In the photos of the new time trial frame that emerged from Tirreno-Adriatico and Volta Catalunya, the new frame seemed to have a steeply sloped top tube. Both these frames were smaller sizes for Uran and Langeveld. Bissegger is a taller rider and as such rides a larger frame. The top tube on Bissegger’s frame is almost perfectly horizontal, vastly different to that of the smaller frames. This is again in keeping with the SystemSix frame design, which is progressively more sloping in the smaller sizes.
The bikes spotted under both Uran and Langeveld both had very unique-looking seatposts that were either reversible and/or offered an extreme range of fore/aft adjustment. However the bike spotted under Bissegger had an entirely different design at the saddle clamp area on the seatpost.
It is difficult say with any confidence from the photos if the seatpost is indeed reversible or even which of the two designs spotted so far is more likely to be the final option. Perhaps both options will be available to serve a number of different use cases, rider morphologies, and event/position rules.
Although I have not spotted any head-on photos of the new bikes, some scrubbing on the GCN+ feed of Tuesday’s prologue just about reveals what appears to be significantly wider fork legs than are used on the SystemSix. Wider fork legs and an increased gap between the forks and the wheels is a design feature first spotted on the Great Britain Hope Track bike and is making its way into road design of late, notably on the new Wilier Filante SLR and Factor Ostro VAM.
This design is said to smooth out the airflow between the forks and wheels and as such creates a faster setup. The width of the forks used here and on other road designs is not quite to the same level as seen on the Hope track bike and as such is not putting the forks, seatstays and riders legs in one plane, effectively hiding them behind one other. However, where the SystemSix forks gradually flare out, the forks on the new TT rig appear to be much wider through the entire length of the fork leg.
Sticking with the front end of the bike, let’s turn our attention to the cockpit. EF Education – Nippo has a partnership with Vision that sees the team using the Vision Metron integrated bar and stem rather than the HollowGram Save and Knot System bar the SystemSix and SuperSix are equipped with as stock. This Vision integrated bar on EF bikes has always seemed a bit of a mismatch to me compared to HollowGram options which flow more smoothly into the headset and head tube on both bikes.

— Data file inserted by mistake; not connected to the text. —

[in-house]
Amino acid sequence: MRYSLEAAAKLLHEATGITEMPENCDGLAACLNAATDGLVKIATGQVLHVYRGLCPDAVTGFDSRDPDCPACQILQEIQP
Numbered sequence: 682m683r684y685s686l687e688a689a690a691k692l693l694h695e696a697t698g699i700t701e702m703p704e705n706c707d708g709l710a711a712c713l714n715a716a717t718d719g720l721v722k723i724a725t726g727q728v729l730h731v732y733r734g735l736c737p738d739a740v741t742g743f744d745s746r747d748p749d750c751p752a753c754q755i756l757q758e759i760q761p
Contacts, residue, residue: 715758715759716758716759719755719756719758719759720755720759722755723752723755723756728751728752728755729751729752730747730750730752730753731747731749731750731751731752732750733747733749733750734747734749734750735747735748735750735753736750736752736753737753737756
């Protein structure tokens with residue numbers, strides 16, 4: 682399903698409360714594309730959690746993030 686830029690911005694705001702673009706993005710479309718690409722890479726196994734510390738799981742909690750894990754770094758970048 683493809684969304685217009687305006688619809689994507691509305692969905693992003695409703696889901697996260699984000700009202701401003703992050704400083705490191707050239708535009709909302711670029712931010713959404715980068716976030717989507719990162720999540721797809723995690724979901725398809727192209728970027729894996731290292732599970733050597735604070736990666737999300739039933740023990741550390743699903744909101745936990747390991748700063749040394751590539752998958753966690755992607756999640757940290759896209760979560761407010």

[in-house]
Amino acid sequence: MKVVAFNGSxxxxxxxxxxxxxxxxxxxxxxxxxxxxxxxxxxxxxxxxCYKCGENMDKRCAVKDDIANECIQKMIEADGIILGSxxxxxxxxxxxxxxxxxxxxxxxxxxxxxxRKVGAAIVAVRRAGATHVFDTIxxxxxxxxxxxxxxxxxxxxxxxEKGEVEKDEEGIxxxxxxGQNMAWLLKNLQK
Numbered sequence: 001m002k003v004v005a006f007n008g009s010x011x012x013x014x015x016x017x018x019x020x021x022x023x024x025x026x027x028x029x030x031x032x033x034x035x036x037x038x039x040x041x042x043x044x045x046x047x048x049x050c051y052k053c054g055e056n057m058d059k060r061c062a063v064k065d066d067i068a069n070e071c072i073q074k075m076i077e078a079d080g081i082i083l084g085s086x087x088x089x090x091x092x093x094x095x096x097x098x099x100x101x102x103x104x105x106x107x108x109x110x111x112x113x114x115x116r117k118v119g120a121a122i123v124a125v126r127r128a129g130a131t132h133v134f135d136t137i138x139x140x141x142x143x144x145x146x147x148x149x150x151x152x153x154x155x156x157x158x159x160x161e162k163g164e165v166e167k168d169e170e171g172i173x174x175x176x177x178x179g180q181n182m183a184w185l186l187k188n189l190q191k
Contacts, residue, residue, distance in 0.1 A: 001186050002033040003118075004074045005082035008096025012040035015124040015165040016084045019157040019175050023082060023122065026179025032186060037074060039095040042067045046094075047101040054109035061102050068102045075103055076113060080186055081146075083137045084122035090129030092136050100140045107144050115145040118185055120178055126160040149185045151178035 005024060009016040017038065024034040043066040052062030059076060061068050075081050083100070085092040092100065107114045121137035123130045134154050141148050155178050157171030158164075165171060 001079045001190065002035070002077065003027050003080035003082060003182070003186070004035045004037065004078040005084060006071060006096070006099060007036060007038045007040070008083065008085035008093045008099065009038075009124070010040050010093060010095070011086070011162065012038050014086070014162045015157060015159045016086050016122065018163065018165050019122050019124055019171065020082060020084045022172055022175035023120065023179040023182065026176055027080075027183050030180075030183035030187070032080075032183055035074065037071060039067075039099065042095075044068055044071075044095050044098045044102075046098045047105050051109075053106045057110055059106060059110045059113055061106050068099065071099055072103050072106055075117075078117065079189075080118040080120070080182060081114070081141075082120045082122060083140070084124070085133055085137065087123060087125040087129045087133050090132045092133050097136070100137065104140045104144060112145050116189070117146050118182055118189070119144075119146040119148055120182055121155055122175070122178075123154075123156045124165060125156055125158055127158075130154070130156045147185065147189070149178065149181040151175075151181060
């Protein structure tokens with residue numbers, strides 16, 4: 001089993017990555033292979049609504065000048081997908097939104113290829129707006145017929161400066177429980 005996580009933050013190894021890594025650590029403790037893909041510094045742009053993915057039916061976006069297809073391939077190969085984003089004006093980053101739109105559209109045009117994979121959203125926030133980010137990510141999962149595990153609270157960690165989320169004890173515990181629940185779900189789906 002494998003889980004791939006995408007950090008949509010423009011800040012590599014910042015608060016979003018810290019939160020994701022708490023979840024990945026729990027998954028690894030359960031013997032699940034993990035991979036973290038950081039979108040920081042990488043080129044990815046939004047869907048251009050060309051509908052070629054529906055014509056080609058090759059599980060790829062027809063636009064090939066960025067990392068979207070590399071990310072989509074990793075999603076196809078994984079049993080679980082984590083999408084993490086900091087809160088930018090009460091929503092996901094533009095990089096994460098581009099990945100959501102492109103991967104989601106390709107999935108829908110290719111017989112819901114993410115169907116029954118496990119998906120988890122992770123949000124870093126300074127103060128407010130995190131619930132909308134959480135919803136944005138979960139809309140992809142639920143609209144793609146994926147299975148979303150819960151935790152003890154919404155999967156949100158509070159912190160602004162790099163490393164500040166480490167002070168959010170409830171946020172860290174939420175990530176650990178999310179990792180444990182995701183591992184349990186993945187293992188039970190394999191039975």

All the new time trial bikes spotted so far have been equipped with Vision TFA bars and TFE extensions. As such we have no confirmation if a HollowGram integrated cockpit is in development for the new time trial frame, but the Vision setup and the new frame do have that same aftermarket upgrade look to them.
Could we see a dedicated cockpit as part of the final frame offer from Cannondale? Time trial cockpits have advanced tremendously in recent years, with many manufacturers, including Vision, now offering aerodynamically optimised extensions with plentiful adjustability and some astronomical price tags. Cannondale would have a job of work to create similarly fast cockpits to appease the w/CdA-hungry time-trialling fraternity.
All the topics covered in this article have been based on what I could see from picking through the photos that have surfaced of the new bike. I am now going to look into a crystal ball and indulge in pure speculation. I pose the following question: is it possible this new TT frame is in fact the next generation SystemSix in disguise? Stick with me on this one.
The similarities between the SystemSix and this new frame are undeniable. Compare the new frame to the current SuperSlice and many other TT frames and you’ll see this new offering from Cannondale is much more akin to an aero road bike than a time trial bike. So much so that many questioned whether this was indeed a SuperSix hastily built up as a TT bike when, for whatever reason, the team found itself short a TT bike. That myth has been dispelled now with the confirmation from Cannondale that this is indeed “a new Cannondale”, but note there was no mention of a new TT bike or model name.